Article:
CORONADO, CALIF. (FRONTLINE MEDICAL NEWS) – The presence of an altered mental state was the only feature associated with the clinical diagnosis of thyroid storm, compared with patients who had compensated thyrotoxicosis, results from a retrospective study demonstrated.

“Thyroid storm is a rare diagnosis, but it’s something that can cause mortality [of] 10% or more,” lead study author Dr. Melissa G. Lechner said in an interview during the annual meeting of the American Thyroid Association. “Though the existing Burch-Wartofsky (Endocrinol. Metab. Clin. North Am. 1993;22:263-77) and Akamizu (Thyroid 2012;22:661-79) scoring systems can help guide clinicians in the diagnosis of thyroid storm, they have not been applied to inpatient populations,” said Dr. Lechner, who is an internal medicine resident at Brigham and Women’s Faulkner Hospital, Boston. “Our question was, in an inpatient setting, and among patients who are acutely ill, how do you distinguish the patients who are hyperthyroid and going to have bad outcomes from the patient who just has sepsis and hyperthyroidism? Who do we need to be aware of in terms of being aggressive with treatment?”

To find out, she and her associates retrospectively evaluated the records of 150 patients who were admitted at Los Angeles County­–University of Southern California Medical Center between Jan. 1, 2008 and Dec. 31, 2013, with a thyroid-stimulating hormone (TSH) level of less than .01 mIU/L. They evaluated patients with thyroid storm and those with compensated thyrotoxicosis for differences in clinical and laboratory characteristics, and in hospital outcomes of inpatient mortality, hospital length of stay, ICU admission, ICU length of stay, intubation, and duration of mechanical ventilation. Patients were retrospectively categorized by Burch-Wartofsky score (BWS less than 25, 25-44, or 45 and greater) and Akamizu categories (AkTS1/2). They excluded non-thyrotoxic causes of TSH suppression and those with inadequate medical records.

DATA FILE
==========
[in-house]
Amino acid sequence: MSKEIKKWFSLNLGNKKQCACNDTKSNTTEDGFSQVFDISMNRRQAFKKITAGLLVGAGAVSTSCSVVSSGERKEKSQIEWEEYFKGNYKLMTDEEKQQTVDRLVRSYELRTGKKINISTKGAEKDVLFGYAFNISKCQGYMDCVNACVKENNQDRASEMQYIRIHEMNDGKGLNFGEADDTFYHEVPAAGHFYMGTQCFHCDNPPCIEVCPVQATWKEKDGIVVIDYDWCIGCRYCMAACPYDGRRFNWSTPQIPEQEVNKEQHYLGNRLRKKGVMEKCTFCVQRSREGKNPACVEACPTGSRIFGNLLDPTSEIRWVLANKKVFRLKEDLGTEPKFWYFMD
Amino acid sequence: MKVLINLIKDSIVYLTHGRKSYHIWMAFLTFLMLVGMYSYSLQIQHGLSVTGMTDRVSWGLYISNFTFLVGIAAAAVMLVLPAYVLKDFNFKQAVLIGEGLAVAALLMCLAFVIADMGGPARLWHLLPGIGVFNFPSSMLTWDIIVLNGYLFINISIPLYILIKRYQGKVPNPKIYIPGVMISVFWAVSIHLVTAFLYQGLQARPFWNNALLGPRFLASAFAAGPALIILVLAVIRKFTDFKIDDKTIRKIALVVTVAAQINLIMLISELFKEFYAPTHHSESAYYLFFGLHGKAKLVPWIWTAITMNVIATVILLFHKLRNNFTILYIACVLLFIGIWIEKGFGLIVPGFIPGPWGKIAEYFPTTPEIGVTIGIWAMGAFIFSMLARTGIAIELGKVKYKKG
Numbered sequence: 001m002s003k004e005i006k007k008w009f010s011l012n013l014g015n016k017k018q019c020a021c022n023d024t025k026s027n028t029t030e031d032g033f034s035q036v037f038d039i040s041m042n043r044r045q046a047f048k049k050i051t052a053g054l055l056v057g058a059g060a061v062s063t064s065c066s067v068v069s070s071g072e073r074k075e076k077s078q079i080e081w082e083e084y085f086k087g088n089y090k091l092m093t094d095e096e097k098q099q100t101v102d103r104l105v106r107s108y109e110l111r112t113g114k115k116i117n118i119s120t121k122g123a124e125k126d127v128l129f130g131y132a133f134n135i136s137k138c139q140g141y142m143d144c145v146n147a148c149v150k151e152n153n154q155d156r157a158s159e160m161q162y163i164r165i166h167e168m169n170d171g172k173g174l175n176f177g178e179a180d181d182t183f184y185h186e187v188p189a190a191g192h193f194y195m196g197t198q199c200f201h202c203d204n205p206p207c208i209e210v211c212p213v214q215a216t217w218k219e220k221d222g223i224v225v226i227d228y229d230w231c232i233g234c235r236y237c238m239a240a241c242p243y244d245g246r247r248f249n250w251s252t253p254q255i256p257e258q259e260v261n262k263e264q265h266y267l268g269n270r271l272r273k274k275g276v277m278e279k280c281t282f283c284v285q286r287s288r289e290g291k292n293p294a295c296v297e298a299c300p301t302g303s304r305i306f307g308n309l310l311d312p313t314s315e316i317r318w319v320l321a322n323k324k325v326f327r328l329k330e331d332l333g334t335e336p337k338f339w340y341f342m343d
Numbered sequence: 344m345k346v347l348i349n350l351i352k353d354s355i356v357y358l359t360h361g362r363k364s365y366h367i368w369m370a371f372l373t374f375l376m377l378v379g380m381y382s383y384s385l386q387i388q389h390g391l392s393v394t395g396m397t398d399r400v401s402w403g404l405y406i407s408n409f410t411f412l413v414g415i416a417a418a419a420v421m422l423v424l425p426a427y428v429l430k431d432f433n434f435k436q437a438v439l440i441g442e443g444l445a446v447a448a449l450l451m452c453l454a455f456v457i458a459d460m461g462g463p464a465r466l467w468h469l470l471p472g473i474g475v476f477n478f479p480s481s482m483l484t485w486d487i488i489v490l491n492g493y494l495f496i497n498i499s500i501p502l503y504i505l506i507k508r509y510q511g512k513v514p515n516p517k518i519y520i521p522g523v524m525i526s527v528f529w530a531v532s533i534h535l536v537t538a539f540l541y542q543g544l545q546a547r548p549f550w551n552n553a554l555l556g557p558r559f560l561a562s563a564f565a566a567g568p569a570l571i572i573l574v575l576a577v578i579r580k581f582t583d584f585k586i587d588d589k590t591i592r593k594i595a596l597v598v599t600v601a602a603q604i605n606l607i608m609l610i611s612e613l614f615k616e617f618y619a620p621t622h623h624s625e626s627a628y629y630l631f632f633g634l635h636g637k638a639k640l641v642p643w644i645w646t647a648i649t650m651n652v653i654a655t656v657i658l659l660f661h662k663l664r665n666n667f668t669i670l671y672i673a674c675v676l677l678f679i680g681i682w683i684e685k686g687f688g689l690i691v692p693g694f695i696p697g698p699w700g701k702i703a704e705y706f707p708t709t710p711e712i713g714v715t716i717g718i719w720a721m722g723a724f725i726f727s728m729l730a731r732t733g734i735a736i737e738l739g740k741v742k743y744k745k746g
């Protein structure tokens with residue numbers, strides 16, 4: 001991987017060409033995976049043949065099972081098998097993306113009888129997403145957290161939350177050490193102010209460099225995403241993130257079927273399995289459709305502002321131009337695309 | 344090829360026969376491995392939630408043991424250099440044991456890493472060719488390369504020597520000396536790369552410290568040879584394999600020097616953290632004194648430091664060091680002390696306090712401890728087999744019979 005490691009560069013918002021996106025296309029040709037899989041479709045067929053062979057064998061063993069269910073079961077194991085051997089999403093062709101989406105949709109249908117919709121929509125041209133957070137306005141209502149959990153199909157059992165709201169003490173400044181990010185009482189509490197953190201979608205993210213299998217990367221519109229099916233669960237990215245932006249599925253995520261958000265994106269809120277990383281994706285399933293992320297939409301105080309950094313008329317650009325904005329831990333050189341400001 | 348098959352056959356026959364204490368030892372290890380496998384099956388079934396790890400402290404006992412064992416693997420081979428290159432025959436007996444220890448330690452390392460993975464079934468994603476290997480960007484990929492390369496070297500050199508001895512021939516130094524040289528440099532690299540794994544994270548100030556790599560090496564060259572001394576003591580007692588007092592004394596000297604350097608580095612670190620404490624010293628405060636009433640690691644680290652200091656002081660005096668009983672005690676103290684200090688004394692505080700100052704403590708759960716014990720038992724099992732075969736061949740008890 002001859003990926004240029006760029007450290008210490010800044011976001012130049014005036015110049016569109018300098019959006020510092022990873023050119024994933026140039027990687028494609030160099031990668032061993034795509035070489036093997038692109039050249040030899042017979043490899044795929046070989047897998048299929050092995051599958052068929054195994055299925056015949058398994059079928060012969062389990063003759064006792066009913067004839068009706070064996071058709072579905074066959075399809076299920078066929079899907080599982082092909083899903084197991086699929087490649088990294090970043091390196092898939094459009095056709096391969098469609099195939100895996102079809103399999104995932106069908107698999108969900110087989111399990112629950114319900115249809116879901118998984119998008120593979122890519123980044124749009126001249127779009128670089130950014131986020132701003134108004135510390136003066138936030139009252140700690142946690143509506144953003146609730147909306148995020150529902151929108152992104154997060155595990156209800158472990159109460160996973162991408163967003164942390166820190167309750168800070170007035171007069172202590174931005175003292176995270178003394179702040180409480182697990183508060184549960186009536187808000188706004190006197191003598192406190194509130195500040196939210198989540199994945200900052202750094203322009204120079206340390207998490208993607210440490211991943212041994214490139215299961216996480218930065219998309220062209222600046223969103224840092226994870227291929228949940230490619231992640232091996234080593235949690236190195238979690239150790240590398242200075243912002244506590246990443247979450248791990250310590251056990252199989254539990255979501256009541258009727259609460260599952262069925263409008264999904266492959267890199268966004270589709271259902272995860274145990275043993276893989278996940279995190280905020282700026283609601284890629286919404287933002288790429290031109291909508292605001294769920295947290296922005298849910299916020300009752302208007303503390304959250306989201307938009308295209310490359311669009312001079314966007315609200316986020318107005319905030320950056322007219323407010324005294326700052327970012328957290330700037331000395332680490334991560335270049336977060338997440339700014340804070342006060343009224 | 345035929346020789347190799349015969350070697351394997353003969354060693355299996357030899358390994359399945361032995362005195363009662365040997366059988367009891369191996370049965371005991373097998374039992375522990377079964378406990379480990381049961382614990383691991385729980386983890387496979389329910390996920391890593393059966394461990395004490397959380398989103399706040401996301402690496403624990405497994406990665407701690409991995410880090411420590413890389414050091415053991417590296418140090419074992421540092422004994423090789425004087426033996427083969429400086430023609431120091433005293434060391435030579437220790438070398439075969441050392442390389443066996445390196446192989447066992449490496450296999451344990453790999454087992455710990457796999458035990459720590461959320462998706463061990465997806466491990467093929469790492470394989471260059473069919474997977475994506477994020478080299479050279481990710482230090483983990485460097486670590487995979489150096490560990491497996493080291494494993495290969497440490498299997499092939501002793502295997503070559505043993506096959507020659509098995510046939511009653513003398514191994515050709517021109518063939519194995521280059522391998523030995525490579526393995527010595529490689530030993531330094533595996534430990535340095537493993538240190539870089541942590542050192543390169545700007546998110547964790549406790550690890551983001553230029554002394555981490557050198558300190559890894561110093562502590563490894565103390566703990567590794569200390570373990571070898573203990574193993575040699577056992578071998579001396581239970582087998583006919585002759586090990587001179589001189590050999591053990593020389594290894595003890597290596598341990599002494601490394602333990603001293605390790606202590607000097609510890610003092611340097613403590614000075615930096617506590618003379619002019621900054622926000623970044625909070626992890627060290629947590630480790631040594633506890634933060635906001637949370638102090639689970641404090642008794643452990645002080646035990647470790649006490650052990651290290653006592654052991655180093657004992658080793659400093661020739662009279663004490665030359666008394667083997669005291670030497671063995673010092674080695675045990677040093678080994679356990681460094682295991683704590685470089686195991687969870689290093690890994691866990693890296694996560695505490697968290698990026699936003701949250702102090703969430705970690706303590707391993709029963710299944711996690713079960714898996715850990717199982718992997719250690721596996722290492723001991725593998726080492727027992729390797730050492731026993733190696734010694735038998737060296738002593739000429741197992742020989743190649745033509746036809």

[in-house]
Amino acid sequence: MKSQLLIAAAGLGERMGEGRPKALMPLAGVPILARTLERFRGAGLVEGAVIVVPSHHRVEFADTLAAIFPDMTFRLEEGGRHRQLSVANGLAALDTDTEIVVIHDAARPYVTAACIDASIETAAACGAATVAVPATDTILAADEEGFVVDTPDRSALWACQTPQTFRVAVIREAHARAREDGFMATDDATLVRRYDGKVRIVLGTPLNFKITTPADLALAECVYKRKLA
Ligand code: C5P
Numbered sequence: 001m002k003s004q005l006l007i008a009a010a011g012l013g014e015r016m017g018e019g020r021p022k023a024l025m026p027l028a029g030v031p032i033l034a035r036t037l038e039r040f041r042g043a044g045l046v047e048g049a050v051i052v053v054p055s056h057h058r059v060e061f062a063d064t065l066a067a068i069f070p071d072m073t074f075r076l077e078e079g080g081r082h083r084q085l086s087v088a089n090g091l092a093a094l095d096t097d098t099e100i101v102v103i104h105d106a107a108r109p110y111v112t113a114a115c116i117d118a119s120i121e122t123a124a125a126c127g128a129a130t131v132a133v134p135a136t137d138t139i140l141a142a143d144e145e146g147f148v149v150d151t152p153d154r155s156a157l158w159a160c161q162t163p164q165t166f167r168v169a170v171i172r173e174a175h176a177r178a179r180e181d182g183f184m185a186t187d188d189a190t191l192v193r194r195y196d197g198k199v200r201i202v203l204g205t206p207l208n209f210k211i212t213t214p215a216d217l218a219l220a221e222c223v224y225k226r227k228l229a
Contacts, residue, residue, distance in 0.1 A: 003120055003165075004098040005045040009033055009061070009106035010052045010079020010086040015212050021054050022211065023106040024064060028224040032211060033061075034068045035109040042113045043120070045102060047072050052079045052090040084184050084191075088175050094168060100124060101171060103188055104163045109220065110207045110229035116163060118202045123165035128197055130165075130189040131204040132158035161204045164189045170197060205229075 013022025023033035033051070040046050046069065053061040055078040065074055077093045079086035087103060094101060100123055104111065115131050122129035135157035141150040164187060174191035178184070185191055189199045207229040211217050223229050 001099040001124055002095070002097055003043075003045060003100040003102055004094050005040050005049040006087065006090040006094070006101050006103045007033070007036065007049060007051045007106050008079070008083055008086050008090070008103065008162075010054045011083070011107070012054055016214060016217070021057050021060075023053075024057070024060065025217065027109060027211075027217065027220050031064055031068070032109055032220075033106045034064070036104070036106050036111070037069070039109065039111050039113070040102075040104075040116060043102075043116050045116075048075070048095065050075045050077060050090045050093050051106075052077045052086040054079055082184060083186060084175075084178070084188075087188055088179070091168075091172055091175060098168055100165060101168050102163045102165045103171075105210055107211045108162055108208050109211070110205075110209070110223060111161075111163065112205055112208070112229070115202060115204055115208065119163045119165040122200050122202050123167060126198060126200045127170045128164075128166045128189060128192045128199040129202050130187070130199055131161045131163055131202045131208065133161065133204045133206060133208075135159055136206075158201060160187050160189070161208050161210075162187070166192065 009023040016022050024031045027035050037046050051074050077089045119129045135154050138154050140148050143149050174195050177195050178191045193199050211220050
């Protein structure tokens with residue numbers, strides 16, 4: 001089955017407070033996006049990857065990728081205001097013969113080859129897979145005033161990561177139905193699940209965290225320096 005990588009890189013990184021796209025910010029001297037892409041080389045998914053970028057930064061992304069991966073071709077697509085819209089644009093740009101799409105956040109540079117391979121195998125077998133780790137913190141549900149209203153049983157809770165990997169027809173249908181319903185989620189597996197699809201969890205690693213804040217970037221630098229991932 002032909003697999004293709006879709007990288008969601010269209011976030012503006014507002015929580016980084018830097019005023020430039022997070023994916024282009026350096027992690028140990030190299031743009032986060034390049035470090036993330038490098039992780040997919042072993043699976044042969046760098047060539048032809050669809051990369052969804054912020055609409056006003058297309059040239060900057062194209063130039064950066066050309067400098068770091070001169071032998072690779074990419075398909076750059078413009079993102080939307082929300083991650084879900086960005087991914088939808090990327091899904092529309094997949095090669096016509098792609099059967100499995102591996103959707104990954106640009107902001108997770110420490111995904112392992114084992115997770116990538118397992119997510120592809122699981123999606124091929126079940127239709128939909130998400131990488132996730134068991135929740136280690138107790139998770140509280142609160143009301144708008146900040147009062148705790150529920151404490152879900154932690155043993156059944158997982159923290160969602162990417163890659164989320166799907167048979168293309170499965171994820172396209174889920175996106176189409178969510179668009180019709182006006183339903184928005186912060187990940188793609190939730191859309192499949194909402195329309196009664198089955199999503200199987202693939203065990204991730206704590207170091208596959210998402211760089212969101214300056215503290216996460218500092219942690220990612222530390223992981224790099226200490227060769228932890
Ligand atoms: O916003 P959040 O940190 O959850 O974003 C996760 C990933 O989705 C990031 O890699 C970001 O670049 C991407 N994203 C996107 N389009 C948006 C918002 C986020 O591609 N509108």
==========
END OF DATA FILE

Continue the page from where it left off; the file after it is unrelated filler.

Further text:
The researchers found that the following clinical features helped to differentiate thyroid storm from compensated thyrotoxicosis in the clinical hospital setting: fever of greater than 100.4 degrees F, heart rate of greater than 100 beats per minute, altered mentation, and precipitating event (P less than .05 for all). Altered mentation was the was only clinical feature that distinguished thyroid storm from compensated thyrotoxicosis for patients with a BWS score of greater than 45 and in patients with AkTS1/2 (P less than .001). In addition, patients diagnosed with thyroid storm had greater mortality and worse outcomes over all measures. The findings “have been useful, especially from an internal medicine perspective, because often we’re the first to see these patients,” noted Dr. Lechner, who began the study while a medical student at USC.

She and her associates concluded that patients with suspected thyroid storm who have altered mental state as a recognized feature may be at greater risk for adverse outcomes and may derive the greatest benefit from early and/or aggressive therapeutic intervention.

Dr. Lechner reported having no financial disclosures.

On Twitter @dougbrunk


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